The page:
July 26 is the Catholic feast day of Saints Joachim and Anne, parents of the Blessed Virgin Mary. Not a whole lot is known about them except what’s mentioned in the protoevangelium of James (which I think is that funky gospel where a teenaged Jesus pushes some kid off a roof, killing him, and then raising him up again. Practice for Lazarus, maybe?). They’re also mentioned in the Koran, which is exciting, revered for their holiness and their standing as the grandparents of Jesus.
According to what little there is out there about them, Joachim and Anne are special for two reasons: one, Anne was barren for a very long time; and two, for how they raised Mary. The barrenness issue is interesting because Anne has good company with many women in the Scriptures who were (Sarah, Abraham’s wife; Hannah, Samuel’s mother; and Elizabeth, John the Baptist’s mother, just to name a few). Desperate for children, Joachim and Anne pray to God, who, after a very long time, blesses them with their daughter, Mary.
The very long time is important here because it underlines the very basic idea that once we pray for something, the answer is usually pretty slow-coming. It’s for the good of the pray-ee, sure, but that’s because something really interesting happens in the time between we pray and the time the prayer is answered. It’s called waiting.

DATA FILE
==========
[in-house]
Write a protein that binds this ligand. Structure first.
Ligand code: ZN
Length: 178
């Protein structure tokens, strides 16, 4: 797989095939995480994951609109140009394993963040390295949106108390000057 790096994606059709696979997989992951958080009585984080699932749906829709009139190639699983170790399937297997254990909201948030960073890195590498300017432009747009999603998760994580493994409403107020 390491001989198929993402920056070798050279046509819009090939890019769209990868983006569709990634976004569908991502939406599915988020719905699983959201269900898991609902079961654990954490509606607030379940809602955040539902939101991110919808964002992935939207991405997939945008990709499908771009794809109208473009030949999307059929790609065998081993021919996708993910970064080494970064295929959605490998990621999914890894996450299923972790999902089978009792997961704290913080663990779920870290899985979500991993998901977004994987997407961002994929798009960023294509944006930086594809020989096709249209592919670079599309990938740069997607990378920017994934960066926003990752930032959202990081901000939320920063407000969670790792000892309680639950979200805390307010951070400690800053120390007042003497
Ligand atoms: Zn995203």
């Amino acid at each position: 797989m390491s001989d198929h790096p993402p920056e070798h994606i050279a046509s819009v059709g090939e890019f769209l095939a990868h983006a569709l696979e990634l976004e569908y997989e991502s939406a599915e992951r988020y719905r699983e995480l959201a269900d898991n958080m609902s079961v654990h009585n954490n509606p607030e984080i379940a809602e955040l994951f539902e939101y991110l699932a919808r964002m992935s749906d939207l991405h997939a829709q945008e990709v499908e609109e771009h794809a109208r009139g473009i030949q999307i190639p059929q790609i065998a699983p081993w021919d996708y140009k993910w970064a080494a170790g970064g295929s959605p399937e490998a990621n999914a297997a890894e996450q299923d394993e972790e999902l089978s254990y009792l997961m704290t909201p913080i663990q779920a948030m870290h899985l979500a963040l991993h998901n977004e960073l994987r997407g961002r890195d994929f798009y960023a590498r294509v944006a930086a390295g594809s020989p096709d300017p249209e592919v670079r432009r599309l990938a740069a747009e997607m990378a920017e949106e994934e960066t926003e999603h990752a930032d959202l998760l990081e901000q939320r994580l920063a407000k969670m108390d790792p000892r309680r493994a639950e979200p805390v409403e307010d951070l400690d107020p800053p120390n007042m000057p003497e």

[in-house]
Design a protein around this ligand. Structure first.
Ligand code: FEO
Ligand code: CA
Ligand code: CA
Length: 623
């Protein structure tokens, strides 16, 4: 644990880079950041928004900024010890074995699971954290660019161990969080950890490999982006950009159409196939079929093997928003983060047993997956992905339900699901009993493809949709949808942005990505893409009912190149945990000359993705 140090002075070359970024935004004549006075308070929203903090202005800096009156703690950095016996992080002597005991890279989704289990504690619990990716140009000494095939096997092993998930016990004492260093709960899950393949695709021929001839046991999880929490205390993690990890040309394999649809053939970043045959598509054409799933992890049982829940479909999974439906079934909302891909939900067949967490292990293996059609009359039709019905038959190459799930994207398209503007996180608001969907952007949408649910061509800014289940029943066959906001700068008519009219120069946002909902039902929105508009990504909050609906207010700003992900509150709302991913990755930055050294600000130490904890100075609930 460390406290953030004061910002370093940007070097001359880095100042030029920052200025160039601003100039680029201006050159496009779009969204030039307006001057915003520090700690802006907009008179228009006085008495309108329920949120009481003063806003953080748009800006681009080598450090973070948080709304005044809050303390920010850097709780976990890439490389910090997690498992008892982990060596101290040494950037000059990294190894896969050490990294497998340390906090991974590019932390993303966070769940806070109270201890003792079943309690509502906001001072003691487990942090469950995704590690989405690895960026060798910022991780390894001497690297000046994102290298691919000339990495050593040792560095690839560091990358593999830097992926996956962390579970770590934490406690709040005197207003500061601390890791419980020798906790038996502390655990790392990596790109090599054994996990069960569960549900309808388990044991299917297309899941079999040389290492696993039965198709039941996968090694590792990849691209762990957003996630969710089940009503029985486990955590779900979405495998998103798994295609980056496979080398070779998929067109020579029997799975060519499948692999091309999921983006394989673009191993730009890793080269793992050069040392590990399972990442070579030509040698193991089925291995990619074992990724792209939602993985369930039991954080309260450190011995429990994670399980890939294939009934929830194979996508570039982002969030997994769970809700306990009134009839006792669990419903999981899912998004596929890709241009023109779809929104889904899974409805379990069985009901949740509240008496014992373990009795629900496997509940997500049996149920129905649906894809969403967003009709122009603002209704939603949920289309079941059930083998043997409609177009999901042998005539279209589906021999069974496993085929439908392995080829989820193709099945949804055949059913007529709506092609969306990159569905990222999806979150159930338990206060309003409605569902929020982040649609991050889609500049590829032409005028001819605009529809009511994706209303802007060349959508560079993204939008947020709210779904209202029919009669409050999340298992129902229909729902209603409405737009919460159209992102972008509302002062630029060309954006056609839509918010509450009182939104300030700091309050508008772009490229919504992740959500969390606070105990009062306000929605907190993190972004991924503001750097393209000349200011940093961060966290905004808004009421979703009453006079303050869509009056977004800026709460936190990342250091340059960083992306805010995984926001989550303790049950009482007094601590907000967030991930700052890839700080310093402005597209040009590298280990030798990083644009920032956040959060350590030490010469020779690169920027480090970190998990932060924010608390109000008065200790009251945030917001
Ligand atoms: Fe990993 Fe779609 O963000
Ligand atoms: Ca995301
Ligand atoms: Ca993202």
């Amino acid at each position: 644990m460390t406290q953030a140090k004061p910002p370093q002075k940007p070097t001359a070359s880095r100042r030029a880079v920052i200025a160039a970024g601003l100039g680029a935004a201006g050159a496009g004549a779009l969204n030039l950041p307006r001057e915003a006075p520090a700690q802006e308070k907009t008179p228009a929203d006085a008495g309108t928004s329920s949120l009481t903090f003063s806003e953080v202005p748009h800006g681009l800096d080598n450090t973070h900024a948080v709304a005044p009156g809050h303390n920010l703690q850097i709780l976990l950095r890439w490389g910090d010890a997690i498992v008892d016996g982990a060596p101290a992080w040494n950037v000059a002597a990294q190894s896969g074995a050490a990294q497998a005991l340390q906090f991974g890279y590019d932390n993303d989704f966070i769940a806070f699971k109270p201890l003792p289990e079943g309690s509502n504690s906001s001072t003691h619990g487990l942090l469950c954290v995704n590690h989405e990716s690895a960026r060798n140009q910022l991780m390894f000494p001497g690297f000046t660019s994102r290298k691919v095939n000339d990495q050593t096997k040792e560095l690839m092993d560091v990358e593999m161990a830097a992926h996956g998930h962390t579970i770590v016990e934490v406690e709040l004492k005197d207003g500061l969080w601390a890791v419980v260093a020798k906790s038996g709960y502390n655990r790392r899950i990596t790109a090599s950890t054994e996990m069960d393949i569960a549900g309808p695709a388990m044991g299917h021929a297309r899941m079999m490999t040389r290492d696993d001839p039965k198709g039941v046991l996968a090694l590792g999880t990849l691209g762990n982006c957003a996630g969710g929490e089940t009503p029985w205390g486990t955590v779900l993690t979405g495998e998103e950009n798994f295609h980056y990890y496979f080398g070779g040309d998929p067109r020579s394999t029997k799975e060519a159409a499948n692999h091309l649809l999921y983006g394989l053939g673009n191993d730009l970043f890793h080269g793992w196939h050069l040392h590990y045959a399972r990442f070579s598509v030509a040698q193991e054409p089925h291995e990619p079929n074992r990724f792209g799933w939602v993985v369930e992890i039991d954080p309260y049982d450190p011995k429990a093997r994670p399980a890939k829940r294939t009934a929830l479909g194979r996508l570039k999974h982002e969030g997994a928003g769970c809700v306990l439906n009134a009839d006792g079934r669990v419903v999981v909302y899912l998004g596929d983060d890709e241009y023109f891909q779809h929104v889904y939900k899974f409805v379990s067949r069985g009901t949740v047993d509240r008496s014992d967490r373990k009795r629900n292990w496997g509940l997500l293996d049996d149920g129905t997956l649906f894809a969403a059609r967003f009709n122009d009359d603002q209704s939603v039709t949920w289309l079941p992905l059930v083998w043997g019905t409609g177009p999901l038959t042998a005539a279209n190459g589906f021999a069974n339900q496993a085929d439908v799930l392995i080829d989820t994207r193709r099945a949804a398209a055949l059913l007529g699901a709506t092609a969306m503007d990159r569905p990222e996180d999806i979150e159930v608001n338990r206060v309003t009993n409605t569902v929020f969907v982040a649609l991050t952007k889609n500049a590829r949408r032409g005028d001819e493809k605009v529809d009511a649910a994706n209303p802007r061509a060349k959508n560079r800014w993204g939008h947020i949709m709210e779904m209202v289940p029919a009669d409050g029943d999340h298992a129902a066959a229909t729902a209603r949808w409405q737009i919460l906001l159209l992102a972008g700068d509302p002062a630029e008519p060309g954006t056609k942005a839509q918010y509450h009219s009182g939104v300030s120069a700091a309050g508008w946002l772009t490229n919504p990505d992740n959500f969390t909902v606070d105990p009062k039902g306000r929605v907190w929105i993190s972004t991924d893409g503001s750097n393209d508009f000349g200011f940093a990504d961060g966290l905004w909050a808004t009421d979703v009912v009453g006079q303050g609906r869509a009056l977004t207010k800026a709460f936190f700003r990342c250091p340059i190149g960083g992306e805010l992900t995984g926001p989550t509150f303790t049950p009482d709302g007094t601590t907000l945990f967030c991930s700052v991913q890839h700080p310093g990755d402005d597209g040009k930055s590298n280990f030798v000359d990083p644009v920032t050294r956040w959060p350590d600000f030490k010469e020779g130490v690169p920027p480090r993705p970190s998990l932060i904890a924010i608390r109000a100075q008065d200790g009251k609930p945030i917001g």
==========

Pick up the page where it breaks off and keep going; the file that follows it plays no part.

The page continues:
That wait can be highly excruciating, punctuated by moments of worry, doubt, and even despair. A wait for a test result, maybe. A wait to conceive a child. A wait during a long and arduous adoption process. A wait to hear about a job offer. A wait to see if the college accepted you. A wait to see if a miracle will happen and the one you love who is sick will get better after all, and very soon.
Because the wait never comes without suffering. And that suffering is what refines us, what makes us holy. I’m 100% convinced that no one on earth becomes holy without it, and I’m so sure of it because that’s what Jesus showed us. He knew that without that cross, there’d be no crown (ugh, what a pithy saying!). But you get the point: He knew that He’d have to go through all of that pain to get to the other side. There was no way around it. So what did He do? Grit His teeth, bore it, and waited.
So Joachim and Anne joined the many stars in God’s sky who had to wait, and they were eventually blessed. But notice who comes from such waiting when you hear about stories of barrenness in the Bible: prophets. Extremely holy people. God’s chosen. Samuel, one of the greats. John the Baptist, one of the greats. Mary, the greatest of all.
Make no mistake: waiting sucks, especially when it’s a painful wait and every distraction you try doesn’t work. But good, especially when seen through the prism of God and His gift of holiness, comes from waiting.
Joachim and Anne also are honored in the Church today for their parental skills in how they raised their daughter, who was eventually to become the Mother of God. Sure, they had some help in that Mary was chosen to be kept sinless throughout her life (shoot, who wouldn’t want to raise a sinless kid? Sign me up!) but I’m sure the way they lived as parents -full of gratitude, hope, and love – would make good models for any parent in this present day.
I don’t even have kids, but I’m pretty sure about that.